Davis himself said when he learned of the President’s murder: “I sorrow, not only as a citizen of the United States, but, as a personal and devoted friend of the President.”19 Davis became executor of President Lincoln’s estate. On the day that President Lincoln died, Robert Todd Lincoln wired Davis: “Please come at once to Washington to take charge of my father’s affairs.” Robert wrote late in life: “Upon my father’s death I went to Judge Davis as a second father, and this he was to me until his death.”20

Eventually, Davis became the target of much of Mary Todd Lincoln’s animosity. He arranged with Robert Lincoln the legal admission of Mary Todd Lincoln to an insane asylum. Cautious and conservative, his scruples were occasionally in inverse proportion to his size.

Davis maneuvered for the Liberal Republican nomination for President in 1872. He resigned from the Court and in served in the Senate from 1877-1883.


  1. M. L. Houser, Lincoln’s Education and Other Essays, p. 185.
  2. Douglas L. Wilson and Rodney O. Davis, editors, Herndon’s Informants: Letters, Interviews and Statements About Abraham Lincoln, p. 345.
  3. Douglas L. Wilson and Rodney O. Davis, editors, Herndon’s Informants: Letters, Interviews and Statements About Abraham Lincoln, p. 628.
  4. Douglas L. Wilson and Rodney O. Davis, editors, Herndon’s Informants: Letters, Interviews and Statements About Abraham Lincoln, p. 620 (Letter from Henry C. Whitney to William H. Herndon, June 23, 1887).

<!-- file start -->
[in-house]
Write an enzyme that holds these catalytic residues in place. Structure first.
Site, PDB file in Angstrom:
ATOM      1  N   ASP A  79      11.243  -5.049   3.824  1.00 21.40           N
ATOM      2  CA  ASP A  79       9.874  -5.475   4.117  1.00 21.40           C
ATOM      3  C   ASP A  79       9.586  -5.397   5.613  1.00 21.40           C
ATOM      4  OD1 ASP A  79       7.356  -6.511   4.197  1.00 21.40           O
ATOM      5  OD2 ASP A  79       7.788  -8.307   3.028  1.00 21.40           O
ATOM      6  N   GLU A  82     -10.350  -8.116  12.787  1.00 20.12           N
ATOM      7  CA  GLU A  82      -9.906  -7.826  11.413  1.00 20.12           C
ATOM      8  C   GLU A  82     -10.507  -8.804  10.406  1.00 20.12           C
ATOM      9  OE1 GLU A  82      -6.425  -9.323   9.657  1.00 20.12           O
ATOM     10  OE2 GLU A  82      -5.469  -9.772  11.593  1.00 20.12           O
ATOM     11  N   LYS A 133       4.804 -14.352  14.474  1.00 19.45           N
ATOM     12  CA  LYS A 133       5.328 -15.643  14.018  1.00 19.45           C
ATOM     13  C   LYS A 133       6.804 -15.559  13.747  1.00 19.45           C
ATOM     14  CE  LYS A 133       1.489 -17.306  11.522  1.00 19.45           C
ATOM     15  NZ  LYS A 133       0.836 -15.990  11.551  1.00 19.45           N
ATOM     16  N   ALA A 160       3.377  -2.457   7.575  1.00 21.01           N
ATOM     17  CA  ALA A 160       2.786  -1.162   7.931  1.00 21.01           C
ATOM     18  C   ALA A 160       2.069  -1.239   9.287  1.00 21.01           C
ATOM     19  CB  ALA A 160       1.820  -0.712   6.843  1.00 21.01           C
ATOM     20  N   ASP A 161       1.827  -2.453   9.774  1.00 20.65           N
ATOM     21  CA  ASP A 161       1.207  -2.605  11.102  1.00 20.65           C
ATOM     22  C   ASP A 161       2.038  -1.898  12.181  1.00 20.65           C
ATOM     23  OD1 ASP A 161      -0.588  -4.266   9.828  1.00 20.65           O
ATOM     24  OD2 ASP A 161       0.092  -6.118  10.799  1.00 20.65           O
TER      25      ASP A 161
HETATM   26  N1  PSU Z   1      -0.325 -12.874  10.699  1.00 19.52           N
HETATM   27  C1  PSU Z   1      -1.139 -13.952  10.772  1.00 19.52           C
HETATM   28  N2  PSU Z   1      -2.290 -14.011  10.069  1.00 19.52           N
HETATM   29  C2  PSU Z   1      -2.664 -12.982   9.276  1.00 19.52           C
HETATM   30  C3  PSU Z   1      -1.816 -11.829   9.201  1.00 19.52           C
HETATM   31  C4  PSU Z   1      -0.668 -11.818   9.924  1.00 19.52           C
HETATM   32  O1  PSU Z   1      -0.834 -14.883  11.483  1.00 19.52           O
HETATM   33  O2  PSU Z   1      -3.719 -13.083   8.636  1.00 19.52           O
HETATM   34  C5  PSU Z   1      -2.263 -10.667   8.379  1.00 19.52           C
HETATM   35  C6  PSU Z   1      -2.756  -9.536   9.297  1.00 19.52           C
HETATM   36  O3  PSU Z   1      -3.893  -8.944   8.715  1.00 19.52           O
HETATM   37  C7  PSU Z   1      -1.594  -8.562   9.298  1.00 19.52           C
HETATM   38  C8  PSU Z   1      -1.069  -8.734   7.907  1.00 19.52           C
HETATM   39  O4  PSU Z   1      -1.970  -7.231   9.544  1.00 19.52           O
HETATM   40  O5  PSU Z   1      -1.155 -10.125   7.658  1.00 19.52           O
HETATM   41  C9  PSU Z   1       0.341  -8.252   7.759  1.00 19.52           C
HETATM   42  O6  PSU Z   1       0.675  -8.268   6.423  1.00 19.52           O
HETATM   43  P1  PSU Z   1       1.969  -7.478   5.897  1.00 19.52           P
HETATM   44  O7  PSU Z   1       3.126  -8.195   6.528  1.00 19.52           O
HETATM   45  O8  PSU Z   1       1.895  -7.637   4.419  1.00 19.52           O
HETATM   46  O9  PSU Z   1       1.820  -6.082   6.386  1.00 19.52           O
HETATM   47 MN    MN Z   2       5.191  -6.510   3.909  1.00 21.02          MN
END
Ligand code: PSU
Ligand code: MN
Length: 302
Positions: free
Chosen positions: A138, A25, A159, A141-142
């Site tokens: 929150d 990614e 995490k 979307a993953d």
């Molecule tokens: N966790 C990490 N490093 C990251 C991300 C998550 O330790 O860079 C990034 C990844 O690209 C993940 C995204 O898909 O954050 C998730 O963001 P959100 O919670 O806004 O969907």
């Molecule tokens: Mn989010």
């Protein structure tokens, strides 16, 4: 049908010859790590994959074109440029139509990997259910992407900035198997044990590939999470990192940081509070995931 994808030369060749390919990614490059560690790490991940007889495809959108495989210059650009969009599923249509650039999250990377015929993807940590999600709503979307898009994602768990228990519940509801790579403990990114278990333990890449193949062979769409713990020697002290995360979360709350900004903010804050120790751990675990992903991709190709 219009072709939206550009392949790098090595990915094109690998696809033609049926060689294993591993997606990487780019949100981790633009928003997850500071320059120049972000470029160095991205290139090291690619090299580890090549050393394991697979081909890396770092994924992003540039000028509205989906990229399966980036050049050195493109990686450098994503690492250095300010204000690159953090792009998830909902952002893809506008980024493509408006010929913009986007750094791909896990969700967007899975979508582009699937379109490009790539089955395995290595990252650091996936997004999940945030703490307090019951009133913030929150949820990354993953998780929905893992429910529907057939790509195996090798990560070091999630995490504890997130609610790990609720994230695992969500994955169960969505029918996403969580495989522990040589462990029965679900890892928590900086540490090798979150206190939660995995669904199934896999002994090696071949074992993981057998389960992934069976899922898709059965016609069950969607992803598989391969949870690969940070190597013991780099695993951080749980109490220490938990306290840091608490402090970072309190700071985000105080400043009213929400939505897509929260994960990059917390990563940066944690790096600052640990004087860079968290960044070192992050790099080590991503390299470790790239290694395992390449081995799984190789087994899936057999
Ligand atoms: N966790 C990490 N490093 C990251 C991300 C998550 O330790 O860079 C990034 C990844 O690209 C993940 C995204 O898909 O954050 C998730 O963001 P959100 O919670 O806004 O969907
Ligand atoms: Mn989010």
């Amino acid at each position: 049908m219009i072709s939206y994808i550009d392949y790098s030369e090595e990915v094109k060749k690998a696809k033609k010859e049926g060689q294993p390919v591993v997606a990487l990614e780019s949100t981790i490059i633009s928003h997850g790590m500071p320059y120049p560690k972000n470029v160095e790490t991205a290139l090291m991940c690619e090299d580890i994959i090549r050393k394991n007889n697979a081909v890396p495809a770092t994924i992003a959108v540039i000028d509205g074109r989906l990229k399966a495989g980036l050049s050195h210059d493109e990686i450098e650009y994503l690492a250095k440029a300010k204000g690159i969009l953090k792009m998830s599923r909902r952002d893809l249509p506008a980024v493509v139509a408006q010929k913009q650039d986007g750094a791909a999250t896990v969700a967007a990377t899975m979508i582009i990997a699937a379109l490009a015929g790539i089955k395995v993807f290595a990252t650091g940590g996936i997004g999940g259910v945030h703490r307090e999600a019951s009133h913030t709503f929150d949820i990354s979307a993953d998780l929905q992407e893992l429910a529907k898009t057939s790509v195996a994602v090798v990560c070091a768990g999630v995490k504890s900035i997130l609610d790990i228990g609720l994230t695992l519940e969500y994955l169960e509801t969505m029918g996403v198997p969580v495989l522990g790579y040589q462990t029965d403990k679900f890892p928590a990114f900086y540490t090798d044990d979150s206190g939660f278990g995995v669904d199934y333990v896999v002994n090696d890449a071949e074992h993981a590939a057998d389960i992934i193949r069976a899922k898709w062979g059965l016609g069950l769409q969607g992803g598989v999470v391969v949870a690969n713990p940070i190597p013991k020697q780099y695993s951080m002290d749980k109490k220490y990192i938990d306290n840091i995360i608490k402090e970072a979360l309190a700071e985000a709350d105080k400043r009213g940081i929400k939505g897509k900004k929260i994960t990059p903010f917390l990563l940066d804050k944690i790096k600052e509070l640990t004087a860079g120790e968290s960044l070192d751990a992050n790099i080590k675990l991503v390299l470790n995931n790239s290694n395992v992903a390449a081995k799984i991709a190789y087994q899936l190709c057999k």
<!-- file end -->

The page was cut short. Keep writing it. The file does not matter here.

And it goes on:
5. Harry E. Pratt, David Davis, 1815-1886, p. 82 (Letter from David Davis to William W. Orme, February 23, 1862).
  6. Pratt, David Davis, p. 82 (Letter from Lawrence Weldon to Ward Hill Lamon, April 6, 1861).
  7. Pratt, David Davis, p. 82 (Letter from Henry C. Whitney to Ward Hill Lamon, April 13, 1861).
  8. Pratt, David Davis, p. 82 (Letter from David Davis to William W. Orme, February 23, 1862).
  9. Willard L. King, Lincoln’s Manager David Davis, p. 191.
  10. King, Lincoln’s Manager David Davis, p. 194.
  11. King, Lincoln’s Manager David Davis, p. 195.
  12. David Silver, Lincoln’s Supreme Court, pp. 80-81.
  13. Theodore Pease, editor, Diary of Orville Hickman Browning, Volume II, p. 616.
  14. Michael Burlingame, editor, At Lincoln’s Side: John Hay’s Civil War Correspondence and Selected Writings, p. 187.
  15. King, Lincoln’s Manager David Davis, pp. 205-206.
  16. Burlingame, At Lincoln’s Side: John Hay’s Civil War Correspondence and Selected Writings, p. 187.
  17. Willard L. King, Lincoln’s Manager: David Davis, p. 63.
  18. Harry Edward Pratt, David Davis: 1815-1886, p. 9.
  19. Harry Edward Pratt, David Davis: 1815-1886, p.20.
  20. Harry E. Pratt, Personal Finances, p. 141 ((Letter of Robert Todd Lincoln to Thomas Dent, September 12, 1919)


Orville H. Browning
William Dennison
Mary Todd Lincoln
Robert Todd Lincoln
Leonard Swett
John P. Usher
Abraham Lincoln and the Eighth Judicial Circuit
Orville H. Browning (Mr. Lincoln and Friends)
Abraham Lincoln and Chicago
Abraham Lincoln and the Election of 1860